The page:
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Alfa Romeo Stelvio review

22/12/2017 Every Alfa Romeo review starts with a tired cliché about reliability – so lets just skip that part. Stelvio, to petrol-heads anyway, is synonymous with the famous mountain pass that links Italy and Switzerland. I’ve been lucky enough to have driven this route many a time and can say in the right car or motorcycle it etches a massive grin on your face.

Twisty mountain roads and a tall SUV isn’t an ideal combination but Alfa wants to inspire buyers into believing an SUV can be as thrilling as a low slung sportscar. Look, physics always wins and the Stelvio with its high centre of gravity can’t be as much fun as a machine nearer to the ground… can it? The FCA owned Italian firm’s new mid-sized SUV is causing a bit of a stir. The underpinnings are shared with the Giulia saloon and like the rear wheel drive saloon Stelvio has sporty overtones. The simple fact you can buy one with the same 510hp V6 from the Giulia Quadrifoglio is the main headline grabber. With the QF it is a case of watch your backs Porsche Macan, BMW X3 40i and Audi RS Q5 as the 510hp as Stelvio wins top trumps for power. Alfa claims class leading power to weight ratios and all the usual performance mods have been done like using carbon fibre for the prop shafts and weight saving aluminium for many of the body panels, engine and suspension parts.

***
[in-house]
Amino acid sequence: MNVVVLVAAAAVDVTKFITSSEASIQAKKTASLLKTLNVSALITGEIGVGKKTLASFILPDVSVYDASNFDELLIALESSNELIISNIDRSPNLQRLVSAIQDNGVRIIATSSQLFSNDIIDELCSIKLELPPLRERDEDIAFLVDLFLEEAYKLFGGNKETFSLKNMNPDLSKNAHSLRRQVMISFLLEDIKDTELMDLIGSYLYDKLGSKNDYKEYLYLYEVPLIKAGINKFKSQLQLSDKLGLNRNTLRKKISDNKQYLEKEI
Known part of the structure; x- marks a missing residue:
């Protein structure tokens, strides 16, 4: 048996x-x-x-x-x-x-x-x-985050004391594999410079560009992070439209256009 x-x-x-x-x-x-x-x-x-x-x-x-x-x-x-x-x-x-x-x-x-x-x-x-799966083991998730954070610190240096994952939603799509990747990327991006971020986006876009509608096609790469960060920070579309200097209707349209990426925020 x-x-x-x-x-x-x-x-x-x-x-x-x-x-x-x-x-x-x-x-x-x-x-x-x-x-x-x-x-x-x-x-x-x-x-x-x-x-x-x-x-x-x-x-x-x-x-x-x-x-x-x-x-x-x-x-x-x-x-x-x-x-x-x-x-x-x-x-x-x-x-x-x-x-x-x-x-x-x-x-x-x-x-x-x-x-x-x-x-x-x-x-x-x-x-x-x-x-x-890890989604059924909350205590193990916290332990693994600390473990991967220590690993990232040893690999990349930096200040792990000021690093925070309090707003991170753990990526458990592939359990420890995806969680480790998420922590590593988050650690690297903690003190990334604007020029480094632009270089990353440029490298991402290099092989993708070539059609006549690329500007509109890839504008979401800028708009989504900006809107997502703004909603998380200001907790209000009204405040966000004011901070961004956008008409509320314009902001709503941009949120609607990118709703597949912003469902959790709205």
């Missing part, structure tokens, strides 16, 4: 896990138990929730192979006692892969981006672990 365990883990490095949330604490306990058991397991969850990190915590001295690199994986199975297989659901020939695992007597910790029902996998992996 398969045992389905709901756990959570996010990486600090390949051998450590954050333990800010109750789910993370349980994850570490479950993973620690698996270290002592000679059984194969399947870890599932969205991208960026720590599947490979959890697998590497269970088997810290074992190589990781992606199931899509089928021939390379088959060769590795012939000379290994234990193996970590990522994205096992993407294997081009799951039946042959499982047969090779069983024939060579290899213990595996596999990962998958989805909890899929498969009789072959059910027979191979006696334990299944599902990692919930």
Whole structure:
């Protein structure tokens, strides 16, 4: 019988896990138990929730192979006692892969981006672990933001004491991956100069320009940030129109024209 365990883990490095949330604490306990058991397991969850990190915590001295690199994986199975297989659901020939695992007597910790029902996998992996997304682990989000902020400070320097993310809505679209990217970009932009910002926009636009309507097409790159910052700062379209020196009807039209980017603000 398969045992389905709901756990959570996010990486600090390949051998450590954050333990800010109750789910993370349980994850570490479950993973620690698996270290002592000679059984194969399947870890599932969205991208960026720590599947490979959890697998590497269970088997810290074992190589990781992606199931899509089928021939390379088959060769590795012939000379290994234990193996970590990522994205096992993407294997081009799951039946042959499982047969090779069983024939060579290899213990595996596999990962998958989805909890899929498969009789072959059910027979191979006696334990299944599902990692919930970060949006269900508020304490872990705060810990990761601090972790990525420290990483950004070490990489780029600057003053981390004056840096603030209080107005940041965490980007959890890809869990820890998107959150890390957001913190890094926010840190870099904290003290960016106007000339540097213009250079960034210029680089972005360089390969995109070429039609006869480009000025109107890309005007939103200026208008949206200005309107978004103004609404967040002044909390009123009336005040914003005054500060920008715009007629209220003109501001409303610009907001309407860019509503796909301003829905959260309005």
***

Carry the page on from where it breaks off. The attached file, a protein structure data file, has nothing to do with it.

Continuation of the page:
Lesser mortals can still get pretty powerful Italian built Stelvios. My 2 litre petrol powered 280hp/400nm test car is no slouch with 0-100km/h taking 5.7 seconds. Top speed is 230km/h. With those numbers it is fairly thirsty plus Stelvio on all bar the entry diesel version has Alfa’s new ‘Q4’ all wheel drive setup. An auto gearbox (with paddles) is standard also and it is just too tempting to play with all that traction. Alfa says an average of 7l/100km (40mpg) is possible – I got nowhere near it. A 200hp Q4 petrol version is the entry point. Diesel power will remain the popular choice in Ireland. The range uses a 2.2 litre with either 180hp or 210hp with Q4 as standard. The 180 is available in rear wheel drive only. All engines feature the 8 speed ZF sourced automatic gearbox – just like the Giulia. The familiar ‘DNA’ drive selector lets you choose from dynamic, normal or all weather driving modes. Dynamic sharpens the brakes and throttle response and tweaks the traction and stability controls to enable the driver to make sportier progress. Italian styling is sometimes brilliant and it is almost sacrilege to criticise it but Stelvio looks a little plump despite weighing less than 1.7 tonnes. Even my level 3 (Milano) test car with its 20 inch alloys and twin exhausts looked a little hefty. For an SUV there is surprisingly little ground clearance and little in the way of off-road styling. Stelvio is clearly more a car based crossover than SUV in the Land Rover Defender sense. Stelvio’s massive grill is pure Alfa and can be seen from space! The front number plate has to be mounted offset – a flashback to the 156. In size terms the Italian sits in between the slightly larger BMW X3 and Audi Q5.